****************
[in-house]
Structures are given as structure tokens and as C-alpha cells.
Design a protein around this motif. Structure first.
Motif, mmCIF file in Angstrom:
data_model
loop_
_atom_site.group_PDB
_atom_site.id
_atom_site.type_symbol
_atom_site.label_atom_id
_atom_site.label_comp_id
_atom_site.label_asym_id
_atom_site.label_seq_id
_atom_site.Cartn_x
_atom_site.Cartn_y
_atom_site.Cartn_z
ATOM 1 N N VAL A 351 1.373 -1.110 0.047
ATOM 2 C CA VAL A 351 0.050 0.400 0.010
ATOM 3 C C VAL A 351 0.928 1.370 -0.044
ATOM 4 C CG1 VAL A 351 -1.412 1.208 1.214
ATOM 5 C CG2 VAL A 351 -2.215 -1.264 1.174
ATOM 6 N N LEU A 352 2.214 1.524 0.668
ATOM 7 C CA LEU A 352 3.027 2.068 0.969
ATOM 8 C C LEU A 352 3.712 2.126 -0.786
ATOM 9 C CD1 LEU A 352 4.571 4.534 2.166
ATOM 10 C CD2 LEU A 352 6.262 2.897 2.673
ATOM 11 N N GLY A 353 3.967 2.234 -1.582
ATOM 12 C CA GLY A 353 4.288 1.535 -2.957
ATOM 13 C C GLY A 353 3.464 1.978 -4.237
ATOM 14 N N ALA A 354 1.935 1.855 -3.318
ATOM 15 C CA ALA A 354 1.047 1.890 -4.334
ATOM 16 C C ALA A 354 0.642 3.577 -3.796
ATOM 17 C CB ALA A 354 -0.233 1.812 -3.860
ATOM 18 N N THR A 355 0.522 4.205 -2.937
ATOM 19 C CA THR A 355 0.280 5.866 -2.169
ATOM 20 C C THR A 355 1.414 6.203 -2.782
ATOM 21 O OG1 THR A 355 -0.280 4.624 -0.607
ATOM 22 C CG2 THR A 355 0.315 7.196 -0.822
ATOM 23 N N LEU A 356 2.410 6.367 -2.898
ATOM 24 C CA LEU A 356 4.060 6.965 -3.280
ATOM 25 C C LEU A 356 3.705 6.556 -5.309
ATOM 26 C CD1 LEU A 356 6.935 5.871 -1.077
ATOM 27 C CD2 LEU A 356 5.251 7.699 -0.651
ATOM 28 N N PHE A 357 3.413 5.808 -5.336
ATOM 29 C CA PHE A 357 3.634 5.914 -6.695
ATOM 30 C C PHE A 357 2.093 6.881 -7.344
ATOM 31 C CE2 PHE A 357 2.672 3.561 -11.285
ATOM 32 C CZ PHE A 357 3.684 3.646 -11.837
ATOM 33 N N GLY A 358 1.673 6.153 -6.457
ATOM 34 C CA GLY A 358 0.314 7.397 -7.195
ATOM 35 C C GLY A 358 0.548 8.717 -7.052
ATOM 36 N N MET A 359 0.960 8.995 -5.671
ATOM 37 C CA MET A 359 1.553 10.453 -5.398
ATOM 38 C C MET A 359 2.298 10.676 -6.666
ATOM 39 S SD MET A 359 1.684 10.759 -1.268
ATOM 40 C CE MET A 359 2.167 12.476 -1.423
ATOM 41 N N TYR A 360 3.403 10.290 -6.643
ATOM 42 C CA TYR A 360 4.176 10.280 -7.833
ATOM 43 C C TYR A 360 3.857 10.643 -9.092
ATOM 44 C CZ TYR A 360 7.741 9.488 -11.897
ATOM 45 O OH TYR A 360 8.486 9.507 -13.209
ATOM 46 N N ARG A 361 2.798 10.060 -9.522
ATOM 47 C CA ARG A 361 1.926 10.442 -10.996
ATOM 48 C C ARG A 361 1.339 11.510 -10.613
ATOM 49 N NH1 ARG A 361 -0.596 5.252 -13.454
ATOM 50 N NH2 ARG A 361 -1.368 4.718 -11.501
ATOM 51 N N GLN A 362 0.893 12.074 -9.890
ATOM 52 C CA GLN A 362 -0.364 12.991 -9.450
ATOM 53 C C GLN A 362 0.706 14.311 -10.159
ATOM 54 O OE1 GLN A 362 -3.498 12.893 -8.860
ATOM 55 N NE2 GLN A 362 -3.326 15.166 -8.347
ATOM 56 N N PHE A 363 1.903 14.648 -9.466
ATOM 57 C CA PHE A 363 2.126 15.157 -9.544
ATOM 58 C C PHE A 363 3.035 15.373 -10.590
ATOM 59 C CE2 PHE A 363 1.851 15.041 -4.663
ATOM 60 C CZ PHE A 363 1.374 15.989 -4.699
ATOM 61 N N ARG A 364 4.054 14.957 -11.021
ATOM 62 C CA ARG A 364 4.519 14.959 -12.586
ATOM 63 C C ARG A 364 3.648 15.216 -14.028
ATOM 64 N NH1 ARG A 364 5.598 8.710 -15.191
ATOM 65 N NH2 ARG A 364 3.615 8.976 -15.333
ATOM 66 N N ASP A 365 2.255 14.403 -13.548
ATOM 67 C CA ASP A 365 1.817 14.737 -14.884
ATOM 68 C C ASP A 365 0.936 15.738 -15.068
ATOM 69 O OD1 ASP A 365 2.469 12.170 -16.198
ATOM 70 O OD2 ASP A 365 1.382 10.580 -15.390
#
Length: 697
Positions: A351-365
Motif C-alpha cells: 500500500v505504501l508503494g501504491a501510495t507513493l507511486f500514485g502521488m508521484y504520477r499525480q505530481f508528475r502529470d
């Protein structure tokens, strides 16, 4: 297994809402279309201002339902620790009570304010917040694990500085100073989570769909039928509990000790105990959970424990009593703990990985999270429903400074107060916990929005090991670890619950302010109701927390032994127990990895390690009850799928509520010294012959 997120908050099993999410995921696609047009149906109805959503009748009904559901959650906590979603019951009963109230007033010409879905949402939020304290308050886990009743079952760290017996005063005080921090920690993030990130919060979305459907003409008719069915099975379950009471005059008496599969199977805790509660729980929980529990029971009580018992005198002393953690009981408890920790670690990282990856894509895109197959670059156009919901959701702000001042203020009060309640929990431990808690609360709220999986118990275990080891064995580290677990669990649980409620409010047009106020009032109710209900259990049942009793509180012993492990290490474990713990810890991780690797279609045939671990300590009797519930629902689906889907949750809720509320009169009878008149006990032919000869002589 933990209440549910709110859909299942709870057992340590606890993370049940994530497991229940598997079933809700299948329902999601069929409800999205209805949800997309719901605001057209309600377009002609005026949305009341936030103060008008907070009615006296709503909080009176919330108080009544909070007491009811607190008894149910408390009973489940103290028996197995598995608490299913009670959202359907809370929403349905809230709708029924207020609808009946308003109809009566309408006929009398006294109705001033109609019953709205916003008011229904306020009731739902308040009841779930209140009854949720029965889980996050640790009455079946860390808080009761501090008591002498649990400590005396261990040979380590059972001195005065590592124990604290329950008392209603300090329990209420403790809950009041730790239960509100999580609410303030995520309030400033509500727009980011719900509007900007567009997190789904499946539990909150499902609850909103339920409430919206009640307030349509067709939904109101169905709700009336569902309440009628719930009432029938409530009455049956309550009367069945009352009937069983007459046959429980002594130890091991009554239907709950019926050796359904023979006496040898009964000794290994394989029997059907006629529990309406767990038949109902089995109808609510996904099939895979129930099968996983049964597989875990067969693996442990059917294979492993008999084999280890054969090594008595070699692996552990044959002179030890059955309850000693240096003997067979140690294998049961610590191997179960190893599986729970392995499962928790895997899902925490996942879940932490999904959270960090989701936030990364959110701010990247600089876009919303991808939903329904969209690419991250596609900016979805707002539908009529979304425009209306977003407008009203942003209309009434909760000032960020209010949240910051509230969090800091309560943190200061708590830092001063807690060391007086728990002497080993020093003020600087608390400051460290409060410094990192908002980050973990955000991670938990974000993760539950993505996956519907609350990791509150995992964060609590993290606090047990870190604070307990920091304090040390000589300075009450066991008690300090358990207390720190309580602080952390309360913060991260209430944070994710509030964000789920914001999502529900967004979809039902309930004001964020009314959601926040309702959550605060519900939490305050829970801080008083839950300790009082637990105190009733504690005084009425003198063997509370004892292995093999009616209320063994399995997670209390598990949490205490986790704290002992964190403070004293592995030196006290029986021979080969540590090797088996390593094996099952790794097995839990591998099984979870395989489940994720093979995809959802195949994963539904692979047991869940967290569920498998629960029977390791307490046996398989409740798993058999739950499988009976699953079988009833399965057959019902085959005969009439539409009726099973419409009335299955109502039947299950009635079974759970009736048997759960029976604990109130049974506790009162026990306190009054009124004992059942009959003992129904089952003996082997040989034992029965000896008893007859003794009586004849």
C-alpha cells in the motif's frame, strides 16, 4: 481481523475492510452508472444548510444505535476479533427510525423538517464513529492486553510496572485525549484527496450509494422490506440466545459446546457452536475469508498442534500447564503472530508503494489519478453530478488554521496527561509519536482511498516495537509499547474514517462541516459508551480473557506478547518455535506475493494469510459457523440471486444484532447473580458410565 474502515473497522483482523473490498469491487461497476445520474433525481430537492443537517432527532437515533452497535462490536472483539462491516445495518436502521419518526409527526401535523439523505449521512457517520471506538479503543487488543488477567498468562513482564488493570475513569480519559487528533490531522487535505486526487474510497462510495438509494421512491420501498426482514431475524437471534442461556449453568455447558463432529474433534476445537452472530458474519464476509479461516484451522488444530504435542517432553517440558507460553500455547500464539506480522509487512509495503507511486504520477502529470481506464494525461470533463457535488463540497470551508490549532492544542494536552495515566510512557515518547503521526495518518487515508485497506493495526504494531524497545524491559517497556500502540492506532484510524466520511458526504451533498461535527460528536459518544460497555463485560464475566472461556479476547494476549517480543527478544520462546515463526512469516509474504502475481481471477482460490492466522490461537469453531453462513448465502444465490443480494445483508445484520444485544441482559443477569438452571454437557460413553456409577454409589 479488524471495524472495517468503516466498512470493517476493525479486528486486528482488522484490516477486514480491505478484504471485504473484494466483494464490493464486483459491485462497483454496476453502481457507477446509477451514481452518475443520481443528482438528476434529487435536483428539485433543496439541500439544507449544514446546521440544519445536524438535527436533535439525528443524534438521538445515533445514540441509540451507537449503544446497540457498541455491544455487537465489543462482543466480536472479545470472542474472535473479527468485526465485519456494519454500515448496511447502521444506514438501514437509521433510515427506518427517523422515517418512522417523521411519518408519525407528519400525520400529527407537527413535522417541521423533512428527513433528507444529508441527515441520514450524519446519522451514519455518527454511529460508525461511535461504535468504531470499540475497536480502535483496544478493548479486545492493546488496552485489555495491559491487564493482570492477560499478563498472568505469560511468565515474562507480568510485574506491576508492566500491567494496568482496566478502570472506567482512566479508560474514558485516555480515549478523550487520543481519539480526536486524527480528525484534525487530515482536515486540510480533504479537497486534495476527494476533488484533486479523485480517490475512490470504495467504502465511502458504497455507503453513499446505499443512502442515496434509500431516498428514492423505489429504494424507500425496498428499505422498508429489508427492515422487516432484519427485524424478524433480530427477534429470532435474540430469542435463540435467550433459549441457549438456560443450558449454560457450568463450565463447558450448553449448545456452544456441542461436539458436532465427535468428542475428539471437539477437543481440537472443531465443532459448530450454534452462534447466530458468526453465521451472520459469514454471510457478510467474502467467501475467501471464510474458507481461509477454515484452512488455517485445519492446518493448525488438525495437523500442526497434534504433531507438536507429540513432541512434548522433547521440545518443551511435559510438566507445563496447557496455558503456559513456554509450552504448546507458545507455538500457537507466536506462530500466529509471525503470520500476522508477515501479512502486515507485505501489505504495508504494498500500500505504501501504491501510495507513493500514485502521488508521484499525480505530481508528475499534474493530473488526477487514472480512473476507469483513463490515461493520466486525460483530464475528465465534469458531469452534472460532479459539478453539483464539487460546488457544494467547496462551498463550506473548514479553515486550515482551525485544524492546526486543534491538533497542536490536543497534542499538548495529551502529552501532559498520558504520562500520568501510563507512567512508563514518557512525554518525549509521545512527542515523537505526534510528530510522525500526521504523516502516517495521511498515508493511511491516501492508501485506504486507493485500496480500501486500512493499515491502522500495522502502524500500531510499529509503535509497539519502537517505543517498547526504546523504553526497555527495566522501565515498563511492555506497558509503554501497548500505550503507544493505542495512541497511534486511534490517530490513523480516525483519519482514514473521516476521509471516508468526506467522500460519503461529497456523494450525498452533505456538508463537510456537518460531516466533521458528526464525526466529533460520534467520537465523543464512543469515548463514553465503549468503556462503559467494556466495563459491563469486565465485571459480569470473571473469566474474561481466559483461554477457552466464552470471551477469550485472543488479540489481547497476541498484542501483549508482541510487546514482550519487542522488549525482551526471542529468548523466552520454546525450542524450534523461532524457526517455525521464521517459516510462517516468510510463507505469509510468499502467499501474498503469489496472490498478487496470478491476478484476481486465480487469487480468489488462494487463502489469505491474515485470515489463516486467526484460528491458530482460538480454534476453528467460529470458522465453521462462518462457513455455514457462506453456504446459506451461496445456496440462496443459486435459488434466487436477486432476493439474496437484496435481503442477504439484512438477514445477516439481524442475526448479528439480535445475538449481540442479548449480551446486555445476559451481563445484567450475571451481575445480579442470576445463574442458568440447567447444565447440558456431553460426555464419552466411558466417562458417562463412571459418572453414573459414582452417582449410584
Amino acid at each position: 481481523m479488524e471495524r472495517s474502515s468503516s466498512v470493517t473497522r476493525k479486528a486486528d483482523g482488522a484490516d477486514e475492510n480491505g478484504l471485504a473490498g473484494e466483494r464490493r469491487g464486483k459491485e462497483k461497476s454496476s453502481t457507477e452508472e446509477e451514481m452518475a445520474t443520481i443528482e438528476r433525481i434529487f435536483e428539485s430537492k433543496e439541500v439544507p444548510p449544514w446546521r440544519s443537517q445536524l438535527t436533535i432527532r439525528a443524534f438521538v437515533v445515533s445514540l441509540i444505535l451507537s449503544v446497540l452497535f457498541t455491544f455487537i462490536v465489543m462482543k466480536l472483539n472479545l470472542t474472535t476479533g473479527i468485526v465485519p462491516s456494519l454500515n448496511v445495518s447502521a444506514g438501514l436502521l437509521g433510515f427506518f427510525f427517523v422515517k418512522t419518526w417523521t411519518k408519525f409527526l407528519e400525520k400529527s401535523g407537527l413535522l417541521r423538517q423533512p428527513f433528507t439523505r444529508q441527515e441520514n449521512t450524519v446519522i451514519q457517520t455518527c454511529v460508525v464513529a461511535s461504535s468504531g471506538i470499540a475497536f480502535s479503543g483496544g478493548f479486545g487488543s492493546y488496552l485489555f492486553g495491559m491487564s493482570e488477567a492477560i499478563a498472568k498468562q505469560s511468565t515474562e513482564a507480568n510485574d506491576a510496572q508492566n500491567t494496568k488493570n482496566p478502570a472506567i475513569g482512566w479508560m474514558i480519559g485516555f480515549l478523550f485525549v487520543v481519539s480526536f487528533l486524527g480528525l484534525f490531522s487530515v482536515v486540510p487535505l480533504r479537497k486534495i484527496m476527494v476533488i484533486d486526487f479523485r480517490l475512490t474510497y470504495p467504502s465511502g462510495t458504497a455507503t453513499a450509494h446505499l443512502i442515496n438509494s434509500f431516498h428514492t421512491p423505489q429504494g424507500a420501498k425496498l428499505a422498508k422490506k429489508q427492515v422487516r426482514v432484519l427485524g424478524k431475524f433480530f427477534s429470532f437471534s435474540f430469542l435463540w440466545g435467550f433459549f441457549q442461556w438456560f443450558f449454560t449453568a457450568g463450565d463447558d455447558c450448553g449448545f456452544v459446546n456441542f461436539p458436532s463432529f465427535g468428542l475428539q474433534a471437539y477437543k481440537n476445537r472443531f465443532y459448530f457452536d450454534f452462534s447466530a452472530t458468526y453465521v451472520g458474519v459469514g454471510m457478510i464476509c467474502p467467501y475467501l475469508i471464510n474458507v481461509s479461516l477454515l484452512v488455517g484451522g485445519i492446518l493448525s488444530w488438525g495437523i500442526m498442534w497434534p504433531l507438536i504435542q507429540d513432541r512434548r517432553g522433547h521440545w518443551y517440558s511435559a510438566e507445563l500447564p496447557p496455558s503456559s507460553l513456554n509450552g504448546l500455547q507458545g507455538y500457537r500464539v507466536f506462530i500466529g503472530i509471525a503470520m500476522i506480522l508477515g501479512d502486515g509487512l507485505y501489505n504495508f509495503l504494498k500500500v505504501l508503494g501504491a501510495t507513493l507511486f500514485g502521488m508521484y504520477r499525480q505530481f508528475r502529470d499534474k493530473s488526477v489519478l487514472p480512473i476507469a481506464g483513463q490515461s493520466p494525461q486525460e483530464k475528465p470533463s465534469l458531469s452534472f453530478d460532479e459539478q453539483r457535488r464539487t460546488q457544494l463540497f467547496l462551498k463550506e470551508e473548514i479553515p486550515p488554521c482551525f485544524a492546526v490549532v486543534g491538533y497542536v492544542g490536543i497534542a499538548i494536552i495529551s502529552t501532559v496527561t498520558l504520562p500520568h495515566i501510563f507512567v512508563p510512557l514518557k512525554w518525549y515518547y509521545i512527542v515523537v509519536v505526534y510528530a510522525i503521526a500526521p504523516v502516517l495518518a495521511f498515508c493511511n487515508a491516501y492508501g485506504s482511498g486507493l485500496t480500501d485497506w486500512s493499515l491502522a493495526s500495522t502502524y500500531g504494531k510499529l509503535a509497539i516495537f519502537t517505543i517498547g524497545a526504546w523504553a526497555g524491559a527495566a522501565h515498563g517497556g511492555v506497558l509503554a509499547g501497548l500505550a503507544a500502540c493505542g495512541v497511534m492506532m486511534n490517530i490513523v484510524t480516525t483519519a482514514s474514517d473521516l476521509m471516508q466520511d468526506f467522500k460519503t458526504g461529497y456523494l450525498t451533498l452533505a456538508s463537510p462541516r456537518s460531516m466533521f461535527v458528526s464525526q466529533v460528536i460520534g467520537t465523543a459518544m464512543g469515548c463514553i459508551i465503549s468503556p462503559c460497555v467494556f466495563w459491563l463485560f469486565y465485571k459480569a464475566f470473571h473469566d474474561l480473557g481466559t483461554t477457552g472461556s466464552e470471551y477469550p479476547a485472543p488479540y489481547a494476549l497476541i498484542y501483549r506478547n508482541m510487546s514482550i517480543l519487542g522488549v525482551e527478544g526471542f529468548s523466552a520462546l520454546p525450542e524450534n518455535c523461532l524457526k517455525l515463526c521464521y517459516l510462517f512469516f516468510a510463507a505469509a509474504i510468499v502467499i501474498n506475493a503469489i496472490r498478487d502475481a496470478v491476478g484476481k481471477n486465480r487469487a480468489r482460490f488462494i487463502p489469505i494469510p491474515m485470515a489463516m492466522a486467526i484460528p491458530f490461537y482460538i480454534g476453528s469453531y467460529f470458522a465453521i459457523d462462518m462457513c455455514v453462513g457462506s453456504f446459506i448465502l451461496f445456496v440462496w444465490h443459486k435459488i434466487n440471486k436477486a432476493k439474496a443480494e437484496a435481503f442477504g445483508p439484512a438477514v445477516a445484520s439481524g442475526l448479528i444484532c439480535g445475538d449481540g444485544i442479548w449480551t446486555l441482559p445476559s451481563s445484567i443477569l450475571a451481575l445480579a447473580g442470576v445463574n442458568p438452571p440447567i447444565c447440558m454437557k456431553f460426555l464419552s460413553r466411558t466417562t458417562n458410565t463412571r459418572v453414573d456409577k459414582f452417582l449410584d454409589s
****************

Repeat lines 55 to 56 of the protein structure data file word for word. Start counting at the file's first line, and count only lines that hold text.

ATOM 39 S SD MET A 359 1.684 10.759 -1.268
ATOM 40 C CE MET A 359 2.167 12.476 -1.423